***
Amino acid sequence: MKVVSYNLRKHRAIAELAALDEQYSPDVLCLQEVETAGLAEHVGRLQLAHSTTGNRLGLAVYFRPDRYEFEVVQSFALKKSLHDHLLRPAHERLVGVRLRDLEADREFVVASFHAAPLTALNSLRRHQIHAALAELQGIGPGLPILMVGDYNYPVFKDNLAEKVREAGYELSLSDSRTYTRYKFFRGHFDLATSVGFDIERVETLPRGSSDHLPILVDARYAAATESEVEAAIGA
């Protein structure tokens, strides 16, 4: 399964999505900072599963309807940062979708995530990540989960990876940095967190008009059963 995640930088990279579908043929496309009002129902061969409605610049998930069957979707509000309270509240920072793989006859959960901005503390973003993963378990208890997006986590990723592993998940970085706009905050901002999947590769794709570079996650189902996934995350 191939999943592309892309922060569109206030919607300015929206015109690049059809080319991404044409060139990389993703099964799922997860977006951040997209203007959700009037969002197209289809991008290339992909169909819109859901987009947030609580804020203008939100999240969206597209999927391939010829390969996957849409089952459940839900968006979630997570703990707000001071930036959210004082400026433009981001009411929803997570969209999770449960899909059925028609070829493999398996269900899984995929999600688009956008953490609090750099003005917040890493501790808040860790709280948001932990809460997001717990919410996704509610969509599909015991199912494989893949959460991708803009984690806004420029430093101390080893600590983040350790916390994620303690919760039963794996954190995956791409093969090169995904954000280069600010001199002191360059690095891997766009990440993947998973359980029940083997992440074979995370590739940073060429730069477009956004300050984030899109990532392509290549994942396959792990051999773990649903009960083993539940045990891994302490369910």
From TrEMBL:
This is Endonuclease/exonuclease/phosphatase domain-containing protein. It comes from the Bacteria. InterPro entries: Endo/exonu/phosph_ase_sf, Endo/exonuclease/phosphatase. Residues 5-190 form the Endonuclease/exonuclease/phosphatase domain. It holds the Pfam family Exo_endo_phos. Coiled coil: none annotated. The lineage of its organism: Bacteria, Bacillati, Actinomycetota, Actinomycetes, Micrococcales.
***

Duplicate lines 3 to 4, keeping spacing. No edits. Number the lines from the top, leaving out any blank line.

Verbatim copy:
From TrEMBL:
This is Endonuclease/exonuclease/phosphatase domain-containing protein. It comes from the Bacteria. InterPro entries: Endo/exonu/phosph_ase_sf, Endo/exonuclease/phosphatase. Residues 5-190 form the Endonuclease/exonuclease/phosphatase domain. It holds the Pfam family Exo_endo_phos. Coiled coil: none annotated. The lineage of its organism: Bacteria, Bacillati, Actinomycetota, Actinomycetes, Micrococcales.